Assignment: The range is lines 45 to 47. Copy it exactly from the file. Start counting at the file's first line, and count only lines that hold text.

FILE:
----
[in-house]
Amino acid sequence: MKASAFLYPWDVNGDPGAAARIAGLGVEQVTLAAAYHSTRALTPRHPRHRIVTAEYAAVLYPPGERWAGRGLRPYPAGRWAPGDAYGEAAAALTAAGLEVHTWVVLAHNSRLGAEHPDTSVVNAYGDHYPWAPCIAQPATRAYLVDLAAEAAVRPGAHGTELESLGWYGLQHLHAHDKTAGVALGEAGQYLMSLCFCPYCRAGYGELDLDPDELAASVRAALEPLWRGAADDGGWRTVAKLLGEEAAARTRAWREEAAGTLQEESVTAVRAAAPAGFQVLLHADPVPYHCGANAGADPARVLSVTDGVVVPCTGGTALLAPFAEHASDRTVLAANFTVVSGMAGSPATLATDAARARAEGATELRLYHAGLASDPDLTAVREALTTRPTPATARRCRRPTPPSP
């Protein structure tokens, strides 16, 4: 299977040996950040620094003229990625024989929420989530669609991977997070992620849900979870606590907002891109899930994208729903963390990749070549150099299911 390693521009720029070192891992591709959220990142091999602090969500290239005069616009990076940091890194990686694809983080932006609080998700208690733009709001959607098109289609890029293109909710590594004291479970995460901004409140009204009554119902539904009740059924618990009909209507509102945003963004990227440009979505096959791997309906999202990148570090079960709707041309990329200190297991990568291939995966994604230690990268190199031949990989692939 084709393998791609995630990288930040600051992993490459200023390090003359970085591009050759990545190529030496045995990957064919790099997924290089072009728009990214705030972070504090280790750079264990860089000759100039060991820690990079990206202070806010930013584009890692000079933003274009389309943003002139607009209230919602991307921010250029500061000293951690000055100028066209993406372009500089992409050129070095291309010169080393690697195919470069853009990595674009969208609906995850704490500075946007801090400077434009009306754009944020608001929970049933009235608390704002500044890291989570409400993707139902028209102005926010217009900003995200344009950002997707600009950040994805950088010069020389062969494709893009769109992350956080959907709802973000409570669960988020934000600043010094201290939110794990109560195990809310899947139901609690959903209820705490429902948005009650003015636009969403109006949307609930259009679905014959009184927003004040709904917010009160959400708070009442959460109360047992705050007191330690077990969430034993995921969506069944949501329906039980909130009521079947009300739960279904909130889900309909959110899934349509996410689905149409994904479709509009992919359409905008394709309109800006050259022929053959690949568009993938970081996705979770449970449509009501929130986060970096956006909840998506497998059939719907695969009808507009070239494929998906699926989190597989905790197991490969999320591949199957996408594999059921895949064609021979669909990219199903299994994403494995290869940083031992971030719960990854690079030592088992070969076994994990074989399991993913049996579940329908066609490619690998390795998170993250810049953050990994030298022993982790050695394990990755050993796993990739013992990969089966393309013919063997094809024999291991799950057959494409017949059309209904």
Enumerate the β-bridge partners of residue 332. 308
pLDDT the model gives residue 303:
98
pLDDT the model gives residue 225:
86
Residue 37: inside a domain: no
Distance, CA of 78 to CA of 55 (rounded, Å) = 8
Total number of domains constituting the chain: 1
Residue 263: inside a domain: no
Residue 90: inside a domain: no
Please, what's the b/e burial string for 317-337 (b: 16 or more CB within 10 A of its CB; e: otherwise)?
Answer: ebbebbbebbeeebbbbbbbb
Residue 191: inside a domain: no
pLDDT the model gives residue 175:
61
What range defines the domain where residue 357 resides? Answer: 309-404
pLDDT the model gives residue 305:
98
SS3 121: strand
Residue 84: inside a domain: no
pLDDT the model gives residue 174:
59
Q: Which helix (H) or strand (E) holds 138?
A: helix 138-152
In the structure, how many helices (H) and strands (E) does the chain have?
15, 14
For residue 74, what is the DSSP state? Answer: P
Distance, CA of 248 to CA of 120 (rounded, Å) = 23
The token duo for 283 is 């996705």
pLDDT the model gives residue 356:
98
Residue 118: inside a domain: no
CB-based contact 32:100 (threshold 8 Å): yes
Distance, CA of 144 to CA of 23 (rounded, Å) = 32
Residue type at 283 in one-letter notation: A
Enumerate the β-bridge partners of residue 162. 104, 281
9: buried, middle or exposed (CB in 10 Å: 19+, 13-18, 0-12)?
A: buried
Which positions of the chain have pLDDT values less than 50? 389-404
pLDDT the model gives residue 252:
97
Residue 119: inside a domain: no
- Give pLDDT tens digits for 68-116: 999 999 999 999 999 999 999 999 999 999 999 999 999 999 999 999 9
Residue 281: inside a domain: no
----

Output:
Residue 119: inside a domain: no
- Give pLDDT tens digits for 68-116: 999 999 999 999 999 999 999 999 999 999 999 999 999 999 999 999 9
Residue 281: inside a domain: no